This is a riveting essay by M.H. Miller, who writes about the crushing effect of student loan debt on his life. Here’s the heart of it:

My debt was the result, in equal measure, of a chain of rotten luck and a system that is an abject failure by design. My parents never lived extravagantly. In the first years of their marriage, my father drove a cab. When they had children and my father started a career in the auto industry, we became firmly middle class, never wanting for anything, even taking vacations once a year to places like Myrtle Beach or Miami. Still, there was usually just enough money to cover the bills—car leases, a mortgage, groceries. My sister and I both attended public school. How much things cost was a constant discussion. Freshman year of high school, when I lost my yearbook, which cost $40, my mother very nearly wept. College, which cost roughly $50,000 a year, was the only time that money did not seem to matter. “We’ll find a way to pay for it,” my parents said repeatedly, and if we couldn’t pay for it immediately, there was always a bank somewhere willing to give us a loan. This was true even after my parents had both lost their jobs amidst a global financial meltdown. Like many well-meaning but misguided baby boomers, neither of my parents received an elite education but they nevertheless believed that an expensive school was not a materialistic waste of money; it was the key to a better life than the one they had. They continued to put faith in this falsehood even after a previously unimaginable financial loss, and so we continued spending money that we didn’t have—money that banks kept giving to us.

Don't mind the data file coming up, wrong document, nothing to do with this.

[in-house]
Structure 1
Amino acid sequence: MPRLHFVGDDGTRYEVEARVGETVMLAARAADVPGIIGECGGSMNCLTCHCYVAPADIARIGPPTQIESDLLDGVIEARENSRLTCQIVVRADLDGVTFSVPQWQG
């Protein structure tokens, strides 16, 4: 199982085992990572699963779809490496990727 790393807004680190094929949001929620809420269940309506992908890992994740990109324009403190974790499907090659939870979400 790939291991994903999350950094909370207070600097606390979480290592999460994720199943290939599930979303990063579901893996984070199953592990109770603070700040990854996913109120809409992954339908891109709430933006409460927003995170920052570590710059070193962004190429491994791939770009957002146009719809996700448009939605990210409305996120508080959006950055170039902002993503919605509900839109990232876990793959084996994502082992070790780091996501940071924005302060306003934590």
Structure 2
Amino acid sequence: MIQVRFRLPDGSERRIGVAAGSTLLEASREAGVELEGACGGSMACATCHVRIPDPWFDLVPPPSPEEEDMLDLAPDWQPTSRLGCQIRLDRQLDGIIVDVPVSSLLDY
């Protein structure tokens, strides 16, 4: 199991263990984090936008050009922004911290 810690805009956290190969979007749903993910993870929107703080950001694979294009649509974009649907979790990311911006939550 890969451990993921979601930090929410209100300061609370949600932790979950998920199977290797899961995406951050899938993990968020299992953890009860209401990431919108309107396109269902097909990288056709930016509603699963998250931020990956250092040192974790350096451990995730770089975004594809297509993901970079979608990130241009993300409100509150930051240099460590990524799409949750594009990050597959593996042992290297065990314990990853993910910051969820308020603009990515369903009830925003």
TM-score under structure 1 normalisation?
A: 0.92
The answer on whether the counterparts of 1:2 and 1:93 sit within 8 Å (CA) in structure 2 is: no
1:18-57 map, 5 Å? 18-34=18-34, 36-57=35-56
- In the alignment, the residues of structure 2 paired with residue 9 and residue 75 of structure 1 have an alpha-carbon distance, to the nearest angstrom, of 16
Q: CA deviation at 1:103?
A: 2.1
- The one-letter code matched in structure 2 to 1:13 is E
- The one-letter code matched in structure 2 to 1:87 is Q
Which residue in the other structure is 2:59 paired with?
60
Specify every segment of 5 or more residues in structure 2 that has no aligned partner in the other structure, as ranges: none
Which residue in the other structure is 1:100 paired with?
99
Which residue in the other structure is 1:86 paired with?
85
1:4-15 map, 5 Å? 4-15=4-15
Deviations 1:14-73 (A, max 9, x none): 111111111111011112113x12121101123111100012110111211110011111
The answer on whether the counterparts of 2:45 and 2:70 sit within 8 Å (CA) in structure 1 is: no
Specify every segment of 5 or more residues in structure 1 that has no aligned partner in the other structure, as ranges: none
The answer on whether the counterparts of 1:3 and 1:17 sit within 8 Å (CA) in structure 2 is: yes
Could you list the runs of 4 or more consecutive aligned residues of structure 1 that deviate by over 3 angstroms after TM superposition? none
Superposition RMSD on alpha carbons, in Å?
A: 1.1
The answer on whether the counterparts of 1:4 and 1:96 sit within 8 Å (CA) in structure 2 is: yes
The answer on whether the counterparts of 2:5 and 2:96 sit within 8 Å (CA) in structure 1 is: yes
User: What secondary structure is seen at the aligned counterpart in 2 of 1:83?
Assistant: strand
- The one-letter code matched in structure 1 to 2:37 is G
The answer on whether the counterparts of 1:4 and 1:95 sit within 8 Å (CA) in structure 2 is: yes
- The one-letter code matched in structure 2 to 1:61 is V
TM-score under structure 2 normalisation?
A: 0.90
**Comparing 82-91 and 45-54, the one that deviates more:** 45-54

I’ve spent a great deal of time in the last decade shifting the blame for my debt. Whose fault was it? My devoted parents, for encouraging me to attend a school they couldn’t afford? The banks, which should have never lent money to people who clearly couldn’t pay it back to begin with, continuously exploiting the hope of families like mine, and quick to exploit us further once that hope disappeared? Or was it my fault for not having the foresight to realize it was a mistake to spend roughly $200,000 on a school where, in order to get my degree, I kept a journal about reading Virginia Woolf? (Sample passage, which assuredly blew my mind at the time: “We are interested in facts because we are interested in myth. We are interested in myth insofar as myth constructs facts.”) The problem, I think, runs deeper than blame. The foundational myth of an entire generation of Americans was the false promise that education was priceless—that its value was above or beyond its cost. College was not a right or a privilege but an inevitability on the way to a meaningful adulthood. What an irony that the decisions I made about college when I was seventeen have derailed such a goal.